- Dioralyte sachets can be a lifesaver in the unfortunate case of getting a sickness bug whilst away as they can keep your child hydrated as well as keeping glucose levels up whilst not eating but continuing to administer insulin to prevent ketones rising.
- Suitable storage to keep insulin cool for the journey. Frio pouches are amazing and can be recooled easily whilst on the go.
- Sharps disposal containers – need not be yellow boxes, sometimes a sealed tupperware box can be more space saving and compact.
- Adhesive tape or over patches for cannula and CGM sites especially if your child is going to be in and out of the pool or sea.
- Always have travel insurance documents and emergency contact numbers for DSN, GP, pump and CGM companies easily accessible incase an emergency arises.
- Consider medical alert ID or jewellery so the person with Type One is easily identified if neccessary.
- Hospital letter especially if flying, stating the the importance of carrying medical kit with you at all times and the importance of electronic medical equipment not to pass through the X-ray machines.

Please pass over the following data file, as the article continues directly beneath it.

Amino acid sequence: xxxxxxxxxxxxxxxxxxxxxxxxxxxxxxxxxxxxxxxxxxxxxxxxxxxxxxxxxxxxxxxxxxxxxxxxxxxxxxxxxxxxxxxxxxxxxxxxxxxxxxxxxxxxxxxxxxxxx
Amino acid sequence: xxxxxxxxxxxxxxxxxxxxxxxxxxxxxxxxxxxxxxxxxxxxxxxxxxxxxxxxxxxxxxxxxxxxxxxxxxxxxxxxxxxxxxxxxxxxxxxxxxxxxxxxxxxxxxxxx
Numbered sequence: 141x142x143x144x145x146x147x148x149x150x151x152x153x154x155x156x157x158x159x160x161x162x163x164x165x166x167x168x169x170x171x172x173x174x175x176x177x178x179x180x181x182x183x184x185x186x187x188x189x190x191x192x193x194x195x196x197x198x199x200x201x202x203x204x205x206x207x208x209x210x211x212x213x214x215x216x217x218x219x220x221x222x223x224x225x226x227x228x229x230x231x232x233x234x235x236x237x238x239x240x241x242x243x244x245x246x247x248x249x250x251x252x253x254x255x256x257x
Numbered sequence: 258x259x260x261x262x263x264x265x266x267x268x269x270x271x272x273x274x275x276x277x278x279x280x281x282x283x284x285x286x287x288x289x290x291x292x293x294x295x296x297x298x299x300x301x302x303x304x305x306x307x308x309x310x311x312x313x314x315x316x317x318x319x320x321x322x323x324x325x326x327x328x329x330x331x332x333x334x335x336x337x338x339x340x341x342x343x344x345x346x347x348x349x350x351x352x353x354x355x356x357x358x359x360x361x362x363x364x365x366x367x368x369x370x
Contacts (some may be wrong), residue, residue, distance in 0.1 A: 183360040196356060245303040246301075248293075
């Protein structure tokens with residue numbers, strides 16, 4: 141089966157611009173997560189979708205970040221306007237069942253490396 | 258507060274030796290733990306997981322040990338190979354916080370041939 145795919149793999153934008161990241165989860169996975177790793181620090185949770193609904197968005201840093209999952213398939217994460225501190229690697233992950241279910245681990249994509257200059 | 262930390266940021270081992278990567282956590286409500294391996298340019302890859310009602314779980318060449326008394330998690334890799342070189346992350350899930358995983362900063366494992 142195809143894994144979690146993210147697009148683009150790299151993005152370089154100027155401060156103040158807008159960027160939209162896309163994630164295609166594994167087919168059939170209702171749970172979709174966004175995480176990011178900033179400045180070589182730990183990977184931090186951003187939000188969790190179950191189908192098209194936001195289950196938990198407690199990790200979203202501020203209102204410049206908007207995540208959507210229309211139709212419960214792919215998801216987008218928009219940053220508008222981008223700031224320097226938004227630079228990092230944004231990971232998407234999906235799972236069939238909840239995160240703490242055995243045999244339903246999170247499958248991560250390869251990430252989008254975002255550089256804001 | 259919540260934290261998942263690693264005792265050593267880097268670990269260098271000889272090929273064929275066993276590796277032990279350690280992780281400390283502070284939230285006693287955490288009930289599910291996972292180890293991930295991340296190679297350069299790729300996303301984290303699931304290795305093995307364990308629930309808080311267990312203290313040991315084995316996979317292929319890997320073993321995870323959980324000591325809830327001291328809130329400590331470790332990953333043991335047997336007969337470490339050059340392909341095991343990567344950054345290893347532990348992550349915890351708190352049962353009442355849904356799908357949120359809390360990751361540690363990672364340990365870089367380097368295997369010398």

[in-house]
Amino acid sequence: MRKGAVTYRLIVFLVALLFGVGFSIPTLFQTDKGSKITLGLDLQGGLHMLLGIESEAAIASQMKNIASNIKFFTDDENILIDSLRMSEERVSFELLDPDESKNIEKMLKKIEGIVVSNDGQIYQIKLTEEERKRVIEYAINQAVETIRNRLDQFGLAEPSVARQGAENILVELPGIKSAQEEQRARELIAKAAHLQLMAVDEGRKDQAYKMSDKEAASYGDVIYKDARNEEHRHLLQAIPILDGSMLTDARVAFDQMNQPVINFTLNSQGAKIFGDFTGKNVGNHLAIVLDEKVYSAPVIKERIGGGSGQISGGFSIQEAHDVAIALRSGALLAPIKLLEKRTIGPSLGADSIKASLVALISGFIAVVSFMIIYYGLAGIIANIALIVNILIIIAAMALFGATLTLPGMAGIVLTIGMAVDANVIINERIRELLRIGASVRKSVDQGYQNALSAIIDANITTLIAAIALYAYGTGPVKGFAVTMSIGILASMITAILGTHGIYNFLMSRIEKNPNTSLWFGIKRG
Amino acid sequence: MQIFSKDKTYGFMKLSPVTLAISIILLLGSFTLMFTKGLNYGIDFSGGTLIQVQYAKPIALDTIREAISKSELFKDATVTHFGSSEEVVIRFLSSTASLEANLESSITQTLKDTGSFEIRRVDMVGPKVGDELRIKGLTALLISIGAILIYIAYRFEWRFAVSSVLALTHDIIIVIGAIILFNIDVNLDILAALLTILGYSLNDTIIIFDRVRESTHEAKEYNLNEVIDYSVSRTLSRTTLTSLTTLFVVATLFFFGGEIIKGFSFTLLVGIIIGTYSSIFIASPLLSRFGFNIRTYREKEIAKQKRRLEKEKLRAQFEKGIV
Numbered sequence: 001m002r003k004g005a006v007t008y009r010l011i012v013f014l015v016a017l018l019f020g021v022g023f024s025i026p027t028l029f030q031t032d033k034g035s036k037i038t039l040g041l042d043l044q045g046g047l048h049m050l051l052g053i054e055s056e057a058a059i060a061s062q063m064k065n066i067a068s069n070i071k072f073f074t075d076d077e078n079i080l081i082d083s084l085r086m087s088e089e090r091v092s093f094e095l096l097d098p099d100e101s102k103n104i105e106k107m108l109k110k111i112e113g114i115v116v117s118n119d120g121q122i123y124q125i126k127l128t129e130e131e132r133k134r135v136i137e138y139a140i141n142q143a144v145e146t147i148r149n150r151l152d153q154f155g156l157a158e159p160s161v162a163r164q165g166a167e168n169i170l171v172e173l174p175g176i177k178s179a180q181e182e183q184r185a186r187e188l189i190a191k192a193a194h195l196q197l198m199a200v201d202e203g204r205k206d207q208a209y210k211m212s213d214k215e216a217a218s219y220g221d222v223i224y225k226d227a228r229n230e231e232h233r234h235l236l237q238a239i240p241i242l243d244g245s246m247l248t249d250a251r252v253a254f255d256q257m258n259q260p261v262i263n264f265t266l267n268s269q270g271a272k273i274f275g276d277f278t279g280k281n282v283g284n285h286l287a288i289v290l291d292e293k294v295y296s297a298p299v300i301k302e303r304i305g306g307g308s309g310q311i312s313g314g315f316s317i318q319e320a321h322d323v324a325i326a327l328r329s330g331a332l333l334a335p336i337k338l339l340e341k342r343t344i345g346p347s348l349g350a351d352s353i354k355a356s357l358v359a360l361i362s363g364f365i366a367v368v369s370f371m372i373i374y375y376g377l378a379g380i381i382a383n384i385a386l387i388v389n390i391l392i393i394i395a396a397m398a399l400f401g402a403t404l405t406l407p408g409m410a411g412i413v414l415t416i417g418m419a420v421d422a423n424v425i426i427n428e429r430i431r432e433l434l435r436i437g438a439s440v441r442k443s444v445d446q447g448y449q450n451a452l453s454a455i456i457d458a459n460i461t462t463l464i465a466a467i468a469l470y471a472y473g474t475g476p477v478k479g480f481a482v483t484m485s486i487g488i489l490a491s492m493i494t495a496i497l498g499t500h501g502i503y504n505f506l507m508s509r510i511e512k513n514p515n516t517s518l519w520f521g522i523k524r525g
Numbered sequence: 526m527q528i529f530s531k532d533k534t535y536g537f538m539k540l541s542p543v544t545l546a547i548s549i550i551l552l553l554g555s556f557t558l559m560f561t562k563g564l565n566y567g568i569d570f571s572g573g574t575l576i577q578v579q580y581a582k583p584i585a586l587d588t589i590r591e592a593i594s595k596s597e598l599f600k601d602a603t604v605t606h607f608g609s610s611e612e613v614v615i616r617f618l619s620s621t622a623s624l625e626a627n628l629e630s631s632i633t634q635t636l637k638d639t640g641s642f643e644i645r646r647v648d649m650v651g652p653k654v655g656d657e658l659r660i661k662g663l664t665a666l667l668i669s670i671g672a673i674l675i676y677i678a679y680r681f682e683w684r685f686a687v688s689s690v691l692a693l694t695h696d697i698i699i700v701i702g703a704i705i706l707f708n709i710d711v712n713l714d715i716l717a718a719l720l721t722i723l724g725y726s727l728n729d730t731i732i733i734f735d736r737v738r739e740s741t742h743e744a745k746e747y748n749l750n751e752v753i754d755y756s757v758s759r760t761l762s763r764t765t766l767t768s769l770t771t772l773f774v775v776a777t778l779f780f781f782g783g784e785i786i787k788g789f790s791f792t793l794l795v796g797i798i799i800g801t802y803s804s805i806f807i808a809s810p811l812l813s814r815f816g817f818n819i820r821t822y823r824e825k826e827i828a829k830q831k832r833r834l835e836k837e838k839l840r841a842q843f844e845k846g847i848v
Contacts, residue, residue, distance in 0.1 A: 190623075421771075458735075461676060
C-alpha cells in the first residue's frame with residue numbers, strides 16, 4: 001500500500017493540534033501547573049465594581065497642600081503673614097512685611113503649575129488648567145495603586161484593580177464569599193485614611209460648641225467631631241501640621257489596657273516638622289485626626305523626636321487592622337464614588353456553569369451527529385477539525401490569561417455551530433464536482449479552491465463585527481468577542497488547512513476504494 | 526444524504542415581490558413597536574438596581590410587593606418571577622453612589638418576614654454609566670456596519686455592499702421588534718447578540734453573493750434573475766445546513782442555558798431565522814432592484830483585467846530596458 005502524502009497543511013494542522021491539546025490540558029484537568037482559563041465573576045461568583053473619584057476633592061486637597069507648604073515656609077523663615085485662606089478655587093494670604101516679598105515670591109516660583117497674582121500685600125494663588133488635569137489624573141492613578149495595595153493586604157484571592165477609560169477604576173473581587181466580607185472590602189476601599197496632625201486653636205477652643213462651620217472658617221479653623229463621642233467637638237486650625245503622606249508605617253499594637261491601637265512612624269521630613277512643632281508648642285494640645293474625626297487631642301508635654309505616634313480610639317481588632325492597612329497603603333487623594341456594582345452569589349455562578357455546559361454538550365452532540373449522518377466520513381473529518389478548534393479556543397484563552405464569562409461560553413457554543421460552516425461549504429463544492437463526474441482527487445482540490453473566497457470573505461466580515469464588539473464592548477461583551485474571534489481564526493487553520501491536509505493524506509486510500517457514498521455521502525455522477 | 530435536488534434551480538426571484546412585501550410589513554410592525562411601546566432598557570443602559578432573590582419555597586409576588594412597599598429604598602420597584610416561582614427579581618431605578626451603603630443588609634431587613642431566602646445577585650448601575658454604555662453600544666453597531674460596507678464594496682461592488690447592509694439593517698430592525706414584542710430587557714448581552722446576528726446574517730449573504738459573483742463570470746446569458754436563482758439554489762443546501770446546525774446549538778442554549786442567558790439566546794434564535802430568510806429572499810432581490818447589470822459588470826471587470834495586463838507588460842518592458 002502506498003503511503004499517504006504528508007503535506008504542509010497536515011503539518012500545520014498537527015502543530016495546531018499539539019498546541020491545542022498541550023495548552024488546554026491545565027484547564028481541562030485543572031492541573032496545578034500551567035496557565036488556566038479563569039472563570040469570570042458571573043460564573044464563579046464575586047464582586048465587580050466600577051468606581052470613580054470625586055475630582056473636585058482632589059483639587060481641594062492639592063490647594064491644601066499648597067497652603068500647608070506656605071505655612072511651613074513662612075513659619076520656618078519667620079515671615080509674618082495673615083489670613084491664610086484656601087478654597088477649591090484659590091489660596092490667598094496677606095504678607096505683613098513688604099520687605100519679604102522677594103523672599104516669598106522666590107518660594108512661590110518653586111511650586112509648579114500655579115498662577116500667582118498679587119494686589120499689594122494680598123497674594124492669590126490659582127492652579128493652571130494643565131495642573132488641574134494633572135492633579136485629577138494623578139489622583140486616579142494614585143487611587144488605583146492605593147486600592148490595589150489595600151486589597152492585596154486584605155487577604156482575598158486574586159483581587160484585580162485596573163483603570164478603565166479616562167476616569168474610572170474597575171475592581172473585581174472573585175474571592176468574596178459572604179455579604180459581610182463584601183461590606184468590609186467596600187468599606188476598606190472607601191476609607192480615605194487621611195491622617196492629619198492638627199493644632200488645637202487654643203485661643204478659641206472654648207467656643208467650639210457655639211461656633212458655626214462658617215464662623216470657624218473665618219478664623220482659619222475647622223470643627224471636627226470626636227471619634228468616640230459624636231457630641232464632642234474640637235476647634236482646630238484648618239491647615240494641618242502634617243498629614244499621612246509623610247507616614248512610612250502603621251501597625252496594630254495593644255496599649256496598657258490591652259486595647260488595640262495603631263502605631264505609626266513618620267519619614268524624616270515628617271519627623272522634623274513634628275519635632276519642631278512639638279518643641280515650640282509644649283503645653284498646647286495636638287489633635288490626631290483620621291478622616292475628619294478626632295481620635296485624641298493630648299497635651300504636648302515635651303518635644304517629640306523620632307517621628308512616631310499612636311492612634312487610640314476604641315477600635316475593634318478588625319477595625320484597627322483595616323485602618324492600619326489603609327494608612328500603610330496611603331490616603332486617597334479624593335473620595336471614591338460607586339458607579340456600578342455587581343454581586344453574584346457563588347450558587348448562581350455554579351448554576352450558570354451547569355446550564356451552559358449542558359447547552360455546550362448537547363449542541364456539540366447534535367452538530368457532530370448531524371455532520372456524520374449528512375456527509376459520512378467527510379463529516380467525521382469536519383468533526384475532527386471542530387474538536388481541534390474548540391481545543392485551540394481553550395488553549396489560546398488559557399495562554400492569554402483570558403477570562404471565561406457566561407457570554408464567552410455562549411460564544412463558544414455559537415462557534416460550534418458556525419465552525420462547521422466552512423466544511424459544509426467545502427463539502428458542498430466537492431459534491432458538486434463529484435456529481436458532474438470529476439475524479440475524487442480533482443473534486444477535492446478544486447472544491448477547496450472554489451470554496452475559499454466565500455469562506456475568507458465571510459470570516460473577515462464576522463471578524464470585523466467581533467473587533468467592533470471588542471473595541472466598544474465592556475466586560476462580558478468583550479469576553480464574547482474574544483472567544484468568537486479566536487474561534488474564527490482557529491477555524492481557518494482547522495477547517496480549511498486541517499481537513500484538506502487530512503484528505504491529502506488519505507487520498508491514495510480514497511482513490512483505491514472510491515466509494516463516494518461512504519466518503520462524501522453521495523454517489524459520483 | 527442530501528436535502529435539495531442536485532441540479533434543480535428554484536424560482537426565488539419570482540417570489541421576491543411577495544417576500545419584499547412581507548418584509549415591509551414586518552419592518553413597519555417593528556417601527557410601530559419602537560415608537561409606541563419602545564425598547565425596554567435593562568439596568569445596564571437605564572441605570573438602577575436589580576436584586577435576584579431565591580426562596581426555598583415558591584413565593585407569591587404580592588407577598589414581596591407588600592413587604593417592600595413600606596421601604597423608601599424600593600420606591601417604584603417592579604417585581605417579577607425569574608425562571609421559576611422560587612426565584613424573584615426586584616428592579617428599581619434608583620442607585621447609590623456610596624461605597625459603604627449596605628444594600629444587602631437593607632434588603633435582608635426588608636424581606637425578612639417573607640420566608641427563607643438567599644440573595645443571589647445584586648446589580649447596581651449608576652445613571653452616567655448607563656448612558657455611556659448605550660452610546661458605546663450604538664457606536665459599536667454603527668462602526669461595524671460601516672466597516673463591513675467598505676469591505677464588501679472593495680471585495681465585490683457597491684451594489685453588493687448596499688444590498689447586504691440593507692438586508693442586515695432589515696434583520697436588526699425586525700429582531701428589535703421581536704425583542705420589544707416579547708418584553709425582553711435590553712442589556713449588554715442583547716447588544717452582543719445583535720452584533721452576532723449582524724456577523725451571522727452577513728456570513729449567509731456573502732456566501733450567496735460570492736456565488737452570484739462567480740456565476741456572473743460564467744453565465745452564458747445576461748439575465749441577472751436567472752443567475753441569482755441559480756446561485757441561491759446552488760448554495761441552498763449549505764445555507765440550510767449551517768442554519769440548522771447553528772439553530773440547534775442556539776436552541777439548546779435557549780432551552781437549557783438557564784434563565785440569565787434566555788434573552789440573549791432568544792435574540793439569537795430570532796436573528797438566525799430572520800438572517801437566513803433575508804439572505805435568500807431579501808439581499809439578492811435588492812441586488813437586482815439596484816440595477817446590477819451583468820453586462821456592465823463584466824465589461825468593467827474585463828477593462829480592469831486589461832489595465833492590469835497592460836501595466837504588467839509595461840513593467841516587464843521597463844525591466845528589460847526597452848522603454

- Remember chargers for all devices and spare batteries.
- For pump users, take a variety of pump pouches to work with different outfits.
- Also consider an Aquapac for keeping insulin pumps clean, dry and free from sand whilst still remaining connected.
- Compact weighing scales to make carbohydrate counting a little easier and less guess work.
- Carbs and Cals Pocket book to assist in carb counting.
- European Health Insurance Card (EHIC) if travelling withing Europe to ensure easy access and prompt medical care should it be needed.
- First aid kit for all the essentials. Remember paracetamol should be avoided for CGM users (it can make readings inaccurate), so where possible use Nurofen. Also include a variety of dressings, plasters, mosquito repellents, antihistamines etc.
- Prescription list complete with translations should you need access to any of it in a foreign pharmacy.
- Click here to download your FREE holiday checklist printable.
My Best Holiday Products
A fantastic way to store all your spare supplies all in one spacious, yet compact bag. Lots of small compartments.
A must for keeping blood sugars up when child not eating due to sickness. We always have these on hand in case of a sickness bug strikes.
Our “go-to” product for securing cannula and CGM sites. A thin transparent film that can be cut to what ever size necessary. I normally get the 5cm width of roll.